How to: Freeze Rice

by Beth - Budget Bytes
Step by Step

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Rice is a poor man’s best friend. It’s inexpensive, filling, a blank slate for flavor, and can be added to almost any meal to bulk it out. But guess what? When I come home after a long day at work and I’m hungry, like now, I don’t always want to take the time to make rice.

That’s where a having a freezer stash of cooked rice comes in handy. Frozen cooked rice reheats quickly in the microwave and makes getting dinner on the table (or just into your belly) twice as fast. Plus, if you live alone and often want just one serving of rice at a time, this trick solves that problem. Use your frozen rice for a quick stir fry or fried rice, to soak up the sauce from a yummy stew, or as a bed for some beans, salsa, and cheese. The possibilities for fast meals are endless.

There isn’t much to freezing rice, so this is more of a “Why to: Freeze Rice” rather than “How to: Freeze Rice,” but, you know, consistency. I’m also going to provide some resources below for help with cooking rice for those who haven’t mastered it yet (and you definitely should master it at some point).

So, let’s go.

How to: Freeze Rice

Rice in zip lock baggies to freeze  

Step 1: Cook the Rice

The next time you cook rice for a recipe, cook double with the intent of freezing half. Or, cook a big pot on the weekend and freeze it for use later in the week (or weeks to come).

Step 2: Cool the Rice

It’s important to let the rice cool quickly and completely in the refrigerator before freezing. This will help keep the grains separate instead of freezing in one sticky clump. Properly cooling your rice is also an important step to maintain food safety. Either divide the rice into smaller portions, or spread it out onto something like a baking sheet so that it has more surface area and cools faster. Always cool the rice in the refrigerator, not at room temperature, which will increase the risk of food poisoning (for more information about leftover rice and food safety, click here).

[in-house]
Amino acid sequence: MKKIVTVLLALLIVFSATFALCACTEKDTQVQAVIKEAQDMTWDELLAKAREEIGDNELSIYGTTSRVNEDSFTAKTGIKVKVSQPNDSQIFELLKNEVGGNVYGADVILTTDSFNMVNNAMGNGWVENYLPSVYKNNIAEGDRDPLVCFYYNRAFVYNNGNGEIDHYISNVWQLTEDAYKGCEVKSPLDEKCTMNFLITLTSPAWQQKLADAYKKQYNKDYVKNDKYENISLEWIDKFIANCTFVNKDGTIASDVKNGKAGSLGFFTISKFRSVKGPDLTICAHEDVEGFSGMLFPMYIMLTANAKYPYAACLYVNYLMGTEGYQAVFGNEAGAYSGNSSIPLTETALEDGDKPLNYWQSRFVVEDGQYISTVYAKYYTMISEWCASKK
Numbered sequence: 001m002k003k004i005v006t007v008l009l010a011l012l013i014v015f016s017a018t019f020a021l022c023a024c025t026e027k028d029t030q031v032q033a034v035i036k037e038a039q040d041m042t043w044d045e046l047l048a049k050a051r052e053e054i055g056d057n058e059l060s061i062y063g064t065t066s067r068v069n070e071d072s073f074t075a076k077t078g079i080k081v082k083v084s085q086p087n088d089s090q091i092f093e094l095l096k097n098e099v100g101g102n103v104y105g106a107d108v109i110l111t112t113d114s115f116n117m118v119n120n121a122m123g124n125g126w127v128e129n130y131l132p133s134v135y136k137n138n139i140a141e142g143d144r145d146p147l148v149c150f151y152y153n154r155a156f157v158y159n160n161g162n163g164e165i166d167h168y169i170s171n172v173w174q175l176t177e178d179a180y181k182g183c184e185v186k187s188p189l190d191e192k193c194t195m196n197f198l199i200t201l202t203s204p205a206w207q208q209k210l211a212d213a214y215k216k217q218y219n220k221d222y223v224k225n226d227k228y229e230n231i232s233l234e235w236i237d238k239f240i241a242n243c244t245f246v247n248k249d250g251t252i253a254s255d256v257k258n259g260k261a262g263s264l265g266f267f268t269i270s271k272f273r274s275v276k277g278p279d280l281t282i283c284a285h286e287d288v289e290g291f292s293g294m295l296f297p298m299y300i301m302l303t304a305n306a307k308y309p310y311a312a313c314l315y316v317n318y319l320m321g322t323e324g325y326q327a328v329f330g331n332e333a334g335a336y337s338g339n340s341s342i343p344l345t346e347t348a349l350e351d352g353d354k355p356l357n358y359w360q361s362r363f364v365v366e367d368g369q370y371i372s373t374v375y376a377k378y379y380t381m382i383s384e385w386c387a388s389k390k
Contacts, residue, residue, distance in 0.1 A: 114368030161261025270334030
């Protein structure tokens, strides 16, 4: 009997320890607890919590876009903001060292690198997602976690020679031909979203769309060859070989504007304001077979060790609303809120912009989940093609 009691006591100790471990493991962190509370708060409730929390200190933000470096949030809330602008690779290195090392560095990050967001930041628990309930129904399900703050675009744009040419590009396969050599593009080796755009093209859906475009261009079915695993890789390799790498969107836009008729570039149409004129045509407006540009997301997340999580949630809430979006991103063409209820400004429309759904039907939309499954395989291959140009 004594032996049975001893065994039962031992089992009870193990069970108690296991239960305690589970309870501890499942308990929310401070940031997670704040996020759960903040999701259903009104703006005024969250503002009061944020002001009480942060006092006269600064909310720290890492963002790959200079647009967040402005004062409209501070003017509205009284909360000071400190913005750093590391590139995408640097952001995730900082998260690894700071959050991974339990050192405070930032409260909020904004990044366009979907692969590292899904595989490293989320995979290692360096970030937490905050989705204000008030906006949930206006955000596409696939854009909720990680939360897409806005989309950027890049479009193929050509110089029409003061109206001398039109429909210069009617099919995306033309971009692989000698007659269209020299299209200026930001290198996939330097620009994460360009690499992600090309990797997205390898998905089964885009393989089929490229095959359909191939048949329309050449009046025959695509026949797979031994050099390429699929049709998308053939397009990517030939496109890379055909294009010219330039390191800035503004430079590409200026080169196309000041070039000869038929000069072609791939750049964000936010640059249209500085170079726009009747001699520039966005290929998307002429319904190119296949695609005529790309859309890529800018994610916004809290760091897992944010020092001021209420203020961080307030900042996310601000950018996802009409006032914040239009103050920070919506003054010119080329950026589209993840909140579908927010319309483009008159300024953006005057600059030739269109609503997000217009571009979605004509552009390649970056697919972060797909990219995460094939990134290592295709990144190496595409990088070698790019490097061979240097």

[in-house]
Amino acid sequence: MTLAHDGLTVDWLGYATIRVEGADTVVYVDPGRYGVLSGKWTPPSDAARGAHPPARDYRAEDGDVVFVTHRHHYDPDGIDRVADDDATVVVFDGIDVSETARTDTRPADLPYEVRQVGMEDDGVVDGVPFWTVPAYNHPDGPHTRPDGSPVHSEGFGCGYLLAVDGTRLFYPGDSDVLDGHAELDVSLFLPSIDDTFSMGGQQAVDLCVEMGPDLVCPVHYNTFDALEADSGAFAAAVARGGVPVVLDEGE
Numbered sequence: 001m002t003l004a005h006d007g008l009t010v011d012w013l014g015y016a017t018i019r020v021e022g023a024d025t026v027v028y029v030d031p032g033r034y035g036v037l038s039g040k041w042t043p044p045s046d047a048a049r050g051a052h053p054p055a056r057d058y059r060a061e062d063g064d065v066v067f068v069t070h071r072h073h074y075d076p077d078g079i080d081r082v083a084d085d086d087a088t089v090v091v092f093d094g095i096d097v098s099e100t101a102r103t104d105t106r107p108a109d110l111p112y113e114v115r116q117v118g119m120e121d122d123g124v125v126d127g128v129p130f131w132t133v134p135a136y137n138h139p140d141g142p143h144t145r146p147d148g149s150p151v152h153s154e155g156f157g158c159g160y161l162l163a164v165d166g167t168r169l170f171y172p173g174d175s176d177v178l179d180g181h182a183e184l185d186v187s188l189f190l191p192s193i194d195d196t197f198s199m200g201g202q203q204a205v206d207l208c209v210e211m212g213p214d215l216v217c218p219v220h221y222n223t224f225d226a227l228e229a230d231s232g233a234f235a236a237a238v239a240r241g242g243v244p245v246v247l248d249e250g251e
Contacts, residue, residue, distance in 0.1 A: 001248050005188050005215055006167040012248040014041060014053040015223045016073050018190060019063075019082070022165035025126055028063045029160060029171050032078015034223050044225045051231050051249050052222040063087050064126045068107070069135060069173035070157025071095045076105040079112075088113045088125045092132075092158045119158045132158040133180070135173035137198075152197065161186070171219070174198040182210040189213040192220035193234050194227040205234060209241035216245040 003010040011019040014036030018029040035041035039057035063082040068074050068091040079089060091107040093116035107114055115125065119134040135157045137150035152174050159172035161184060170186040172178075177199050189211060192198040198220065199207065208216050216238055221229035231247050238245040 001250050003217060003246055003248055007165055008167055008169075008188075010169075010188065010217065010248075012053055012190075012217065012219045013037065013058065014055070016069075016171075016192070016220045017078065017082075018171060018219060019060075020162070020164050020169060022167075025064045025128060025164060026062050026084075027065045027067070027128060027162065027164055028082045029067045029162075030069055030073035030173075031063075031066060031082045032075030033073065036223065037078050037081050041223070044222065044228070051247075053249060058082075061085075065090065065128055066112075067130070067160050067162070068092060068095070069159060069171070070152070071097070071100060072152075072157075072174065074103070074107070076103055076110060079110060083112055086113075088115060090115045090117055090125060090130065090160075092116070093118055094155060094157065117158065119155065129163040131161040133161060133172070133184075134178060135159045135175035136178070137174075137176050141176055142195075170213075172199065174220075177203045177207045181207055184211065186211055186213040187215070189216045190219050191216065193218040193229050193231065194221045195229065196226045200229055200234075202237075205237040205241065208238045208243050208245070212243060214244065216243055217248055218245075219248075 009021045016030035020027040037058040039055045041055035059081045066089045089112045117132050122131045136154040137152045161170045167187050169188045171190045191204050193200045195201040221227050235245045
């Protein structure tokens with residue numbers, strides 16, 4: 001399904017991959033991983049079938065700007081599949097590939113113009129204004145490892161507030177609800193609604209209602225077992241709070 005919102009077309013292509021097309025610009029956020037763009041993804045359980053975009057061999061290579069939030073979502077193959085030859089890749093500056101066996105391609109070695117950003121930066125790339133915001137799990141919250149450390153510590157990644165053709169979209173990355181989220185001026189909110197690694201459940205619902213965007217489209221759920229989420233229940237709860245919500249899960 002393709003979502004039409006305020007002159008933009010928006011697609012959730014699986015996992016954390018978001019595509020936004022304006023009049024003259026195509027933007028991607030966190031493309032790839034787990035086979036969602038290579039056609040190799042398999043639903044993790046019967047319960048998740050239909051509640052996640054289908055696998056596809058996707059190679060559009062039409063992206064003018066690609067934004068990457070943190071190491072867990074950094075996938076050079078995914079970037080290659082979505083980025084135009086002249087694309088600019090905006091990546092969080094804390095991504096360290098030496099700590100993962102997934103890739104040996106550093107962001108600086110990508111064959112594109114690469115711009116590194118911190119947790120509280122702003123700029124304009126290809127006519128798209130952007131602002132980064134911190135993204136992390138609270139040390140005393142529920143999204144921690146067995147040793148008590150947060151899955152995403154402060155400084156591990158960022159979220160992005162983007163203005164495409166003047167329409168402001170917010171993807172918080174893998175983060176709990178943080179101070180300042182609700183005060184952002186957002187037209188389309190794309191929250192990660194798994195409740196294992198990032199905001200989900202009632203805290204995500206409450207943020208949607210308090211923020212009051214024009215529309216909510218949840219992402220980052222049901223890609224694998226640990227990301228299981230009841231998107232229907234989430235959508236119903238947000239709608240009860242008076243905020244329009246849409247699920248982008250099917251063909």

Step 3: Portion and Freeze

It’s a good idea to freeze the rice in portions that you would normally use for one or two meals. I freeze my rice in two cup portions, which will supply me with two meals worth of rice. If you have a family of four, you may consider freezing in 4-6 cup portions, so that you can just thaw the amount needed for one dinner.

I like to freeze in quart-sized freezer bags, and gallon-sized for larger portions. I find that their minimal shape helps me fit more in the freezer. Resealable plastic containers (like this) are also great because they’re reusable and many are BPA free.

Step 4: Reheat the Rice

To reheat the rice, I simply tear away the freezer bag and dump the rice in a bowl, or open up the resealable plastic container and microwave until it’s heated through. I like to place a lid loosely over top of whatever container I’m using while reheating to help keep moisture in. And, as always with microwaving, it’s a good idea to stir a couple times in the middle of reheating to make sure everything heats evenly.

I know some people don’t like to use microwaves, but I haven’t experimented with other methods of reheating frozen rice yet. If you routinely freeze and reheat your rice using another method, please share with the rest of us in the comments below!

Help with Cooking Rice

I thought about doing a step by step rice cooking tutorial, but so many others have already done so and done such a good job of it. There are two main methods of cooking rice on a stovetop. The immersion method (let the water boil before adding the rice) and the steaming method (add rice and water to pot, then bring to a boil). I prefer the steam method, but they both work great.

I’ve found that the single most important factor when cooking rice is using a good pot with a thick bottom. When I use my thinner pots it sticks or burns to the bottom every time. When I use my heavy pots I get perfect, fluffy rice. The thicker pots distribute the heat better and will simply give you better results. I’ve had a set like this for the past ten years, and they’re fantastic.

Rice Cookers